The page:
And it’s important that we started with the incarnation in the earlier text, John 1:1-5. “In the beginning was the Word… The light shines in the darkness, and the darkness doesn’t overcome it.” David White calls incarnation, “becoming visible in the world.” And it’s a work we do all our lives. “To be human is to become visible while carrying what is hidden as a gift to others.” Throughout our lives, we become more and more visible—and our gifts become bigger.
Knowing these limitations, we must still ask the question, “Where do I want to go?” And getting there—getting to the place we want to go—takes deliberate steps, but also flexibility. Things will work to dishearten us. Things will take too long, be too hard.
So then, what do you do?
Well, you construct a community. If you haven’t already, you can do that here, in this space, with these folks. Or with your new roommates, or with a group of likeminded folks on campus. Maybe you organize a community around your loves—music, nerd-stuff, politics or pizza. If you haven’t already heard, Barbecue is a religion around these parts, and ACC basketball, too. Maybe you organize a community around your hopes for the future.
David Whyte writes:
Put down the weight of your aloneness and ease into the
conversation. The kettle is singing
even as it pours you a drink, the cooking pots
have left their arrogant aloofness and
seen the good in you at last. All the birds
and creatures of the world are unutterably
themselves. Everything is waiting for you.
And once you know who you are, and have a community around you, you find a purpose. My purpose is offering love—and is centered around the belief that acceptance is the greater part of love. I found my purpose doing of things I liked, and a whole lot more things I didn’t like.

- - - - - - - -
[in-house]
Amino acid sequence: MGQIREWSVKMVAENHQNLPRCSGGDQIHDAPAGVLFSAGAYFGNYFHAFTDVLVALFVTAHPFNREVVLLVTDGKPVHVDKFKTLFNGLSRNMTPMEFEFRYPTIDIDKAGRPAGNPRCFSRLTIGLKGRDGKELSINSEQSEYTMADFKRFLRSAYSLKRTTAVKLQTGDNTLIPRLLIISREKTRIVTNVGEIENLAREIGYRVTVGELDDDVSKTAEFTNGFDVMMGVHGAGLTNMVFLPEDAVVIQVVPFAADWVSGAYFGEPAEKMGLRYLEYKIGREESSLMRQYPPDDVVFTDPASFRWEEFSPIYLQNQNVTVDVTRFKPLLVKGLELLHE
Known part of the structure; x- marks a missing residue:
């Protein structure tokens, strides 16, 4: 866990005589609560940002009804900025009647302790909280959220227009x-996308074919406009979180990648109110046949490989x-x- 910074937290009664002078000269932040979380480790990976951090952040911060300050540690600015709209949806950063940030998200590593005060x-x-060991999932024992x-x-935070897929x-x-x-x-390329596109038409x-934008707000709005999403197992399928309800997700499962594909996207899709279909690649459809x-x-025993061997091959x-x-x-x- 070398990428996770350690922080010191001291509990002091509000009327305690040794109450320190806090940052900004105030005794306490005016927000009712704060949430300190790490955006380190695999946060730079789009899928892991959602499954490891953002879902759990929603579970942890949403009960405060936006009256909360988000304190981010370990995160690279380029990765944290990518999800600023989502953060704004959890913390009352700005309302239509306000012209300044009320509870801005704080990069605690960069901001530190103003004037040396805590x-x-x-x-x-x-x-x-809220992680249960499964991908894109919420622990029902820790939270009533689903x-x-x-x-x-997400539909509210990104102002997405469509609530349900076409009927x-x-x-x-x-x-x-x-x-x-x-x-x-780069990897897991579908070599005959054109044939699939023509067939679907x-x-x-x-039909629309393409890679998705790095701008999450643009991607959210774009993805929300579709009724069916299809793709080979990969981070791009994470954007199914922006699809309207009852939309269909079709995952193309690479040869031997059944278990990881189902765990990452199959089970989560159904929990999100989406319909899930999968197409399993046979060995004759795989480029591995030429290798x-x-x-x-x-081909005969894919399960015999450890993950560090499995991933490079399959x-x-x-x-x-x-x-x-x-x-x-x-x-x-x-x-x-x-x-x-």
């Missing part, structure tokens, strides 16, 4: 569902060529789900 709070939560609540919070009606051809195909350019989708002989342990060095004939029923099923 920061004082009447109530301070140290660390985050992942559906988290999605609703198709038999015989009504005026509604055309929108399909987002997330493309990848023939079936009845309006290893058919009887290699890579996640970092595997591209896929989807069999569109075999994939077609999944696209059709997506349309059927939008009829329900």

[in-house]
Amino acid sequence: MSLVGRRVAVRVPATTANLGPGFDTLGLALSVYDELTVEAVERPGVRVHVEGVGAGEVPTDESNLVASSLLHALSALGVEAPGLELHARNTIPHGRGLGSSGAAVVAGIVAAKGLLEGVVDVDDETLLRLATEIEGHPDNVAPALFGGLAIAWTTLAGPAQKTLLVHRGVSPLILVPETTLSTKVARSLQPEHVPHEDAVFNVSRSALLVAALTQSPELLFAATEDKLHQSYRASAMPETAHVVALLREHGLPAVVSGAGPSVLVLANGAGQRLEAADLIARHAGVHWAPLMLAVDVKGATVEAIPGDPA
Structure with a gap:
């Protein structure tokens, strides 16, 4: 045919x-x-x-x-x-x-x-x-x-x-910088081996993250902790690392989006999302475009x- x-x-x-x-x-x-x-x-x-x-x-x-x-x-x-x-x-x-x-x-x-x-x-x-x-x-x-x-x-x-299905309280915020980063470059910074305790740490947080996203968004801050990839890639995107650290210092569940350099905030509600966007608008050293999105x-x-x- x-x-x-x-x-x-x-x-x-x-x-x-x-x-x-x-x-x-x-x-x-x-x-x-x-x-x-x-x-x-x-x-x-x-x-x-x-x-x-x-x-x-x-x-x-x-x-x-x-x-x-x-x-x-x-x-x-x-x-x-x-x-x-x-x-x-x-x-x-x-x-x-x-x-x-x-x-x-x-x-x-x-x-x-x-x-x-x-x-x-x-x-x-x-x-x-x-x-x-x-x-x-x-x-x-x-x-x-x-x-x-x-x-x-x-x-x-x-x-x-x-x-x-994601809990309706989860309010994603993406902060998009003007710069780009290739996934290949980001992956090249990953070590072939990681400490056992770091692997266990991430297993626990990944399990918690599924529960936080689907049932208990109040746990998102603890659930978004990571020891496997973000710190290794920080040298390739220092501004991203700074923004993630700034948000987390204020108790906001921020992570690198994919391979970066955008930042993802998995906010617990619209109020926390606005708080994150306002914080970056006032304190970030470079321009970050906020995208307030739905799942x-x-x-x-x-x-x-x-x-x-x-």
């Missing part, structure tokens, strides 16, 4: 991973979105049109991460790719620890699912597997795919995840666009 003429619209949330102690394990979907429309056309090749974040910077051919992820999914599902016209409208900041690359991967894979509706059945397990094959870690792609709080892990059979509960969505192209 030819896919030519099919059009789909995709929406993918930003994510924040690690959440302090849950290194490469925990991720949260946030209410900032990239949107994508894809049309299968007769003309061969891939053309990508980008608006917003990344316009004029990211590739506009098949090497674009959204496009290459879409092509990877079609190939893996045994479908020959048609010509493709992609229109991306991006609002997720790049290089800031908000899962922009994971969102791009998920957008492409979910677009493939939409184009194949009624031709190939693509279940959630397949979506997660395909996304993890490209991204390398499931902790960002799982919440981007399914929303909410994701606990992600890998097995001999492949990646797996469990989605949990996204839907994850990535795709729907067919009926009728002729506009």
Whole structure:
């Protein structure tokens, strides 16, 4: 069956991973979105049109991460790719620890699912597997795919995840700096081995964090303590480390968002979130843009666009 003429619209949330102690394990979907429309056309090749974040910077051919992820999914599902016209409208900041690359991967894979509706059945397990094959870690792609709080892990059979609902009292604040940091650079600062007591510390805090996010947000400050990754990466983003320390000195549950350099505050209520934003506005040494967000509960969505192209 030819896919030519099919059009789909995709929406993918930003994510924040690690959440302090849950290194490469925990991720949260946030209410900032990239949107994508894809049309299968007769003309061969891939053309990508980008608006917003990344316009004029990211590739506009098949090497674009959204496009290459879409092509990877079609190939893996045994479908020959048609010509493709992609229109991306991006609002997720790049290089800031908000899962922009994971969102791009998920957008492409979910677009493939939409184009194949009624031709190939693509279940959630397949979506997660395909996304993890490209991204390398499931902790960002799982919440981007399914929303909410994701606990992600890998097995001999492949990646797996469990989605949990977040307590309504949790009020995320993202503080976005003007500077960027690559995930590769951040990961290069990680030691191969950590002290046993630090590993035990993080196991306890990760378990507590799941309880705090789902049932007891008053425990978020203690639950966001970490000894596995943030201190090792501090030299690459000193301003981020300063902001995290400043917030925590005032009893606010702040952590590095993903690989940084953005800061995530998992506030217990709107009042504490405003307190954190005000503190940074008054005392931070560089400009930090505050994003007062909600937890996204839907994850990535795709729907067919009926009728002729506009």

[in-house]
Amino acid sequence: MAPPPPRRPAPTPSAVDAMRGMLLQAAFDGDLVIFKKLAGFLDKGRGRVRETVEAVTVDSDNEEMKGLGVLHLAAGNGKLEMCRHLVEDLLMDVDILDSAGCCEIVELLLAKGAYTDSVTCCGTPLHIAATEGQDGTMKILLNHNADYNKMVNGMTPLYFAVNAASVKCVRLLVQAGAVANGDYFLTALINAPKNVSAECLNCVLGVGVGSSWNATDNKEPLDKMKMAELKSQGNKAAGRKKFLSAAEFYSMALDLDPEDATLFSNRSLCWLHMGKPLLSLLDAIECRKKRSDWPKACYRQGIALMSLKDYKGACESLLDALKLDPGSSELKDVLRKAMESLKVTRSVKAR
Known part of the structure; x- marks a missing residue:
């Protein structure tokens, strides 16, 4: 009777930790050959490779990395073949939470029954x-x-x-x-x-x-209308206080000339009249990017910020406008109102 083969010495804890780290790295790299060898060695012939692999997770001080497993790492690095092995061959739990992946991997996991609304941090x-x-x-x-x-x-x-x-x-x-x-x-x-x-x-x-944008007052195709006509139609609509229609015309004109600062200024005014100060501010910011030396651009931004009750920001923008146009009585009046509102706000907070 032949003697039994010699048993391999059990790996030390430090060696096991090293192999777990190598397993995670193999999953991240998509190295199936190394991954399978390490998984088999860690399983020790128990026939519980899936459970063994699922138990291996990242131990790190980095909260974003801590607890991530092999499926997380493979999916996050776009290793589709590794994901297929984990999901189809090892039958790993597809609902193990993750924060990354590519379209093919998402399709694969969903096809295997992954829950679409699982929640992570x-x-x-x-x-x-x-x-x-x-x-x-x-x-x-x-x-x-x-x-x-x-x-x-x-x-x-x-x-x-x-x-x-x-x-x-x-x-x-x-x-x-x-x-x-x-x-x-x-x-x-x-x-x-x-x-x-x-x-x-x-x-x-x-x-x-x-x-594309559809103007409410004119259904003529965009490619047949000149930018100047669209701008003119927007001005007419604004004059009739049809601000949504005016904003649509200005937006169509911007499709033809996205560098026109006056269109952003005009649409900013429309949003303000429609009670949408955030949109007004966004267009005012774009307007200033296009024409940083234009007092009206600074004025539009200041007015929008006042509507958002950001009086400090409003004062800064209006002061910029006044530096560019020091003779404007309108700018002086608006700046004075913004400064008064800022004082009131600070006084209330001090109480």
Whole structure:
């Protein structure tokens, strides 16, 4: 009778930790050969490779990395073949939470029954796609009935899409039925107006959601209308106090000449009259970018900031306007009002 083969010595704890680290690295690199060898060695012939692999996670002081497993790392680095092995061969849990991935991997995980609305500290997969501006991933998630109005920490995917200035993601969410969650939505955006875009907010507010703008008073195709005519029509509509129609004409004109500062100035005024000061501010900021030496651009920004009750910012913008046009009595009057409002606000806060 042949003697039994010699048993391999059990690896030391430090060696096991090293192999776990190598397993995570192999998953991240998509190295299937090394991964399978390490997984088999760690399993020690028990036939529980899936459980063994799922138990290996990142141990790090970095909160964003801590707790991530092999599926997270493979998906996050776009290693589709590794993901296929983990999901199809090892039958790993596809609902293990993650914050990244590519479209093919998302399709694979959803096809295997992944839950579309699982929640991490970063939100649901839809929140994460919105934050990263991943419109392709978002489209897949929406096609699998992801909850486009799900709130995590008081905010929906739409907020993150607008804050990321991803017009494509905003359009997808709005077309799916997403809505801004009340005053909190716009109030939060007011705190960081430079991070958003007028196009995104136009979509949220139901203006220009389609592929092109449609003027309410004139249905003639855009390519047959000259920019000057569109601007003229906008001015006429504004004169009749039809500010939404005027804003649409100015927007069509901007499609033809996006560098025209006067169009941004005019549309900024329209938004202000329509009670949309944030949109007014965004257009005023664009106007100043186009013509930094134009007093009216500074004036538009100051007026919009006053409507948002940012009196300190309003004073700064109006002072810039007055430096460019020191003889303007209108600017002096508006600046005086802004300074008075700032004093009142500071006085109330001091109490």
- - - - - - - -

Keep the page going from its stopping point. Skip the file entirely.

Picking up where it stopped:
I don’t know what your purpose is. Maybe it’s to cure cancer. Maybe it’s to write the next Hamilton. Maybe it’s to be the next Serena Williams. Maybe it’s to build at business that at one time creates incredible wealth and solves major issues in the world. Maybe, just maybe, it’s to smash the patriarchy. But maybe it is going to Mars.
And speaking of Mars, here is a poem written by Nikki Giovanni is called We’re Going to Mars. I believe it speaks to finding our purpose.
We are going to Mars for the same reason Marco Polo rocketed to China,
For the same reason Columbus trimmed his sails on a dream of spices,
For the very same reason Shackleton was enchanted with penguins,
For the reason we fall in love,
It is the only adventure.
We are going to Mars because Perry could not go to the North Pole without Matthew Henson,
Because Chicago could not be a city without a Jean Baptiste du Sable,
Because George Washington Carver and his peanut were the right partners for Booker T.
It is a life-seeking thing.
We are going to Mars because whatever is wrong with us will not get right with us so we journey forward, carrying the same baggage
But every now and then leaving one little bitty thing behind: maybe drop torturing Hunchbacks here, maybe drop lynching Billy Budd there, maybe not whipping Uncle Tom to death, maybe resisting global war.
One day looking for prejudice to slip,
One day looking for hatred to tumble down the waste side,
One day maybe the whole community will no longer be vested in who sleeps with whom.
Maybe one day the Jewish community will be at rest, the Christian community will be content, the Muslim community will be at peace
And all the rest of us will get great meals at holy days and learn new songs and sing in harmony.
We are going to Mars because it gives us a reason to change.
Find yourself. Create a community. Live your purpose. And always remember: The light overcomes the darkness. Amen.